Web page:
Wind power accounts for nearly 50% of all electricity in Denmark, which leads the world in wind power per capita. Now Denmark is looking to develop another type of green energy – hydrogen energy. The Danish Ministry of Climate, Energy and Utilities is set to invest DKK 128 million (~NT$570 million) in the construction of two large-scale electrolysis plants, in hopes that the country’s surplus of green energy can be used to facilitate hydrogen production.
A major player in the green energy industry, Denmark is the first country to outline a large-scale green energy plan. It expects to do away with fossil fuel by 2050 and rely on renewable energy completely. At the present, wind power accounts for nearly 50% of total electricity generation in Denmark, up from single-digit percentage merely a few decades ago. At the same time, the country is looking to produce hydrogen with renewable energy.
The two aforementioned electrolysis plants are Skive-based GreenLab Slice PtX and Fredericia-based HySynergy – both located on the Jutland peninsula and both projected to finish construction within five years. According to the Danish government, the logical next step in Denmark’s energy transition is the application of green energy in fuels for transport. Through electrolysis, green hydrogen can replace fossil fuels currently used in cars and industries.
With the rise of renewable energy, green energy grid connections on a massive scale can destabilize the supply of electricity. In addition, Denmark faces the problem of processing excess electricity. There are many ways to store renewable energy. For instance, aside from storing it in lithium-ion batteries, electricity can be transformed into other energy types, such as hydrogen, through electrolysis. The hydrogen produced can then be used as input in hydrogen cells. Alternatively, during hours of peak electricity demand, hydrogen can be used to kick-start electricity generation in conjunction with natural gas.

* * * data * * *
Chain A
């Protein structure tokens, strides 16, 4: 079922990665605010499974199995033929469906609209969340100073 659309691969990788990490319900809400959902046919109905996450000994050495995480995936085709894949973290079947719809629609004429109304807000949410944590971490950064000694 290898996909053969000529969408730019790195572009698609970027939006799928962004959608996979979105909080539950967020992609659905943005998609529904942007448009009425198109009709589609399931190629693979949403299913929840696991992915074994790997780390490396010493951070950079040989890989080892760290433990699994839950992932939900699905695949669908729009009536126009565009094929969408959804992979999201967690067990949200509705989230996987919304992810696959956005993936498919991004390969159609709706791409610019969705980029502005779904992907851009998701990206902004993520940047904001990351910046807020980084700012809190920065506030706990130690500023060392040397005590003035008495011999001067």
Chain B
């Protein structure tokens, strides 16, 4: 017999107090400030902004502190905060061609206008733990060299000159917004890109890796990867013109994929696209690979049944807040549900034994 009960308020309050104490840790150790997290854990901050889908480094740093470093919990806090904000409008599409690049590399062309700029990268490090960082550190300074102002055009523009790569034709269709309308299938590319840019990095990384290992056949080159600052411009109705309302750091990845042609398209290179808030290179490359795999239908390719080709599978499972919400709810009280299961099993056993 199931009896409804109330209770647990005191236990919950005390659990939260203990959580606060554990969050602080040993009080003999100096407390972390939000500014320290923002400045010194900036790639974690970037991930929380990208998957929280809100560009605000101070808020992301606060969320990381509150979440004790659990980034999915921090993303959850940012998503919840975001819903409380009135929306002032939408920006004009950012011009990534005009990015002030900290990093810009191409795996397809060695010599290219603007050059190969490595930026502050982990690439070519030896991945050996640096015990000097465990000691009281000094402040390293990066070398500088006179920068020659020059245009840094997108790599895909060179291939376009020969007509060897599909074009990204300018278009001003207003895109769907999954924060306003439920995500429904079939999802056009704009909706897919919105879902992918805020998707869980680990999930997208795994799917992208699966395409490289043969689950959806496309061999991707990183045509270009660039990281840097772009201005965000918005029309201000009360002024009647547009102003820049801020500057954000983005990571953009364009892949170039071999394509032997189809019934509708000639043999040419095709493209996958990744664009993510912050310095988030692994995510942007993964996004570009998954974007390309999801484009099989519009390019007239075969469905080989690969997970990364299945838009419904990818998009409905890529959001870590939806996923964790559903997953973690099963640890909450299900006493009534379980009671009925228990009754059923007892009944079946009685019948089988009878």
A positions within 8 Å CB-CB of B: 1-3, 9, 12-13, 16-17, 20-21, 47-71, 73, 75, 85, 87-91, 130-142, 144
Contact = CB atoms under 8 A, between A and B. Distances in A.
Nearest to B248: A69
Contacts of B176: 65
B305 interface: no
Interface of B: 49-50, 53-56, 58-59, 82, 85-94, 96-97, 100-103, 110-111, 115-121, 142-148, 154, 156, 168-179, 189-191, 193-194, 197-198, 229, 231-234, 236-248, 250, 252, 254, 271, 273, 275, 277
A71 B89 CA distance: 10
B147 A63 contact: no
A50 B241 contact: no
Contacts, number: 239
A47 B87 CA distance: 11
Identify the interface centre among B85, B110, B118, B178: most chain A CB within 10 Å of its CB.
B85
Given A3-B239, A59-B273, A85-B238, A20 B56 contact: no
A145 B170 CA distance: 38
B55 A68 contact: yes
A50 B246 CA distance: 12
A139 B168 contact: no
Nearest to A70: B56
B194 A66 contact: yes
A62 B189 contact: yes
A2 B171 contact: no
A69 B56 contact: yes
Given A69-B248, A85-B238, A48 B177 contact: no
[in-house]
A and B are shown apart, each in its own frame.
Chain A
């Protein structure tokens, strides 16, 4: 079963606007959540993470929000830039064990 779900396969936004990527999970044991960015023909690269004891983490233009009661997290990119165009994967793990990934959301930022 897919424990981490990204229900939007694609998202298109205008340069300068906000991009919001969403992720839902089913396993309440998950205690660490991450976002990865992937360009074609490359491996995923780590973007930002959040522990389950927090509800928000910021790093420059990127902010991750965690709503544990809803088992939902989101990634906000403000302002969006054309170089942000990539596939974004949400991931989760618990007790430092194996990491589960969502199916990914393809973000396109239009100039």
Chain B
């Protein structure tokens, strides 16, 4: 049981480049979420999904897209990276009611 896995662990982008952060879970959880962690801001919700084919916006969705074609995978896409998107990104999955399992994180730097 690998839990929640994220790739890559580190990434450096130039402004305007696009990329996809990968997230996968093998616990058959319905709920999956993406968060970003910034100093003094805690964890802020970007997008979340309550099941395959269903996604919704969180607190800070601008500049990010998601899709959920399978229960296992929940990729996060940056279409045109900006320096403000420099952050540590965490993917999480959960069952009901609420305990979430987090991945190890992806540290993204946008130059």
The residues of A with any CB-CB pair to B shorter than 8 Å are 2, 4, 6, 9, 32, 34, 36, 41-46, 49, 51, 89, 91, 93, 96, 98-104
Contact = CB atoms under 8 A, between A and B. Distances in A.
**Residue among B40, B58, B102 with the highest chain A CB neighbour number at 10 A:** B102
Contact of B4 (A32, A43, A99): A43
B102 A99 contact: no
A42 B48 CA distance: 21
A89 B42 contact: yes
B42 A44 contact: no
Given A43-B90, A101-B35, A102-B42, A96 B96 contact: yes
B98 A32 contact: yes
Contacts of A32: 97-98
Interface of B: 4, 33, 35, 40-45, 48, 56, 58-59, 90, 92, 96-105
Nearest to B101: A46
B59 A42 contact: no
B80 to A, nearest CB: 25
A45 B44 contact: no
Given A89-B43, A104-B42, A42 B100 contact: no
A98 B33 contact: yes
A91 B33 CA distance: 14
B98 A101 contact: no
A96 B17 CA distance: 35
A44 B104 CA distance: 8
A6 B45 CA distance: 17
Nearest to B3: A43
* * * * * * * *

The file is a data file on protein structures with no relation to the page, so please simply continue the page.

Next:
Unfortunately, electrolysis is expensive. The most economical way of manufacturing hydrogen is through steam reforming of natural gas. However, this requires a high degree of processing and emits large amounts of carbon dioxide. As such, both the Danish government and large energy companies alike yet lean towards electrolysis. Case in point, Danish wind power market leader Ørsted was recently awarded a government subsidy of DKK 34.6 million (~NT$154 million) to build a 2MW electrolysis plant.
Ørsted will produce hydrogen with its two 3.6MW offshore wind turbines. The company forecasts a 600 kg daily hydrogen production, enough to power 20-30 fuel cell buses.
Recently, the Danish government invested €6 million (~NT$200 million) in the HySynergy electrolysis project, jointly undertaken by Everfuel and Shell, to build a large-scale 20MW electrolysis plant in Fredericia – perhaps the largest in northern Europe. At the same time, Everfuel “will also install hydrogen storage [and] trailer filling stations and operate hydrogen trailers to supply hydrogen fuel in Denmark” (Everfuel, 2019, para. 3).
In reality, Denmark has been conducting ongoing researches into hydrogen applications, a primary example of which is the Hydrogen Valley. In addition to promoting the infrastructure for hydrogen energy and biogas, the main focus of Hydrogen Valley is HyBalance – the largest and most advanced electrolysis plant in Europe – based out of the town of Hobro. HyBalance is projected to have a charging capacity that accommodates about 1000 hydrogen vehicles. Furthermore, 70% of the plant’s hydrogen will be produced with wind power. The plant will demonstrate a complete hydrogen production and transportation process, from manufacturing to distribution and finally to end-use, with the goal of using the hydrogen for transportation and industrial purposes.
（Image：Flickr/JOHN LLOYD CC BY 2.0）